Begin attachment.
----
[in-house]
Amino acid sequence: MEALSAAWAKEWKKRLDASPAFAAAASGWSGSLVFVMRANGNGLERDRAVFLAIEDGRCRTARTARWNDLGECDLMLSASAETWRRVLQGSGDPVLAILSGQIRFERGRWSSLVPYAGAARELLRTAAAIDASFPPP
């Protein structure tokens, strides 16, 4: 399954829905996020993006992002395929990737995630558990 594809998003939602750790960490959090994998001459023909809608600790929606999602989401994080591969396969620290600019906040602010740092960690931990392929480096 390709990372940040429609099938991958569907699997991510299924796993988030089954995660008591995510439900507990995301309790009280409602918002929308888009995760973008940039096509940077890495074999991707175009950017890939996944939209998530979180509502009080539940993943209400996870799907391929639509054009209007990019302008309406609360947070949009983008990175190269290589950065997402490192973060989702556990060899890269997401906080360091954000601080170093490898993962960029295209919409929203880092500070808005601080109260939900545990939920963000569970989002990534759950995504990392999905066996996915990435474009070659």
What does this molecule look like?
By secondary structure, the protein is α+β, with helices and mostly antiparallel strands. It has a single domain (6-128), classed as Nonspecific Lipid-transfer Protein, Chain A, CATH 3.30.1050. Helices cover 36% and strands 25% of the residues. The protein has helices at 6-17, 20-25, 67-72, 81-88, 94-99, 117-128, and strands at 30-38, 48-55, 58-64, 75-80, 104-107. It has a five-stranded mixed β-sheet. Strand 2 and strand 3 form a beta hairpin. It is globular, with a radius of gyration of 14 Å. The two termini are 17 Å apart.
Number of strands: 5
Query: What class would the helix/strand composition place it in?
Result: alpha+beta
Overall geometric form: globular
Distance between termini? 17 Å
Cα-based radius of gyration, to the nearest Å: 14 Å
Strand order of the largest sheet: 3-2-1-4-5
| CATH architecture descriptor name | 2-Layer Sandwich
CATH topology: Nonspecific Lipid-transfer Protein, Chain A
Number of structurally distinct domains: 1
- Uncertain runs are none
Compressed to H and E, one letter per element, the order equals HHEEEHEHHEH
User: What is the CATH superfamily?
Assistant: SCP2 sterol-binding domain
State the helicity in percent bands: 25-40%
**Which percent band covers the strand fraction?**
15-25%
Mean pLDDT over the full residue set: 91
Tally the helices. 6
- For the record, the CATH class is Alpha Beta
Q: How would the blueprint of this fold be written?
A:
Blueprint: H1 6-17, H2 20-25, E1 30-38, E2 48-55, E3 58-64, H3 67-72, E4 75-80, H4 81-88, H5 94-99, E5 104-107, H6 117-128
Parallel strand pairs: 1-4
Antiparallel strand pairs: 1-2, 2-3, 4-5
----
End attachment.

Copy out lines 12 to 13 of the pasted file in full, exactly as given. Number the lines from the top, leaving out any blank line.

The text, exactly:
Strand order of the largest sheet: 3-2-1-4-5
| CATH architecture descriptor name | 2-Layer Sandwich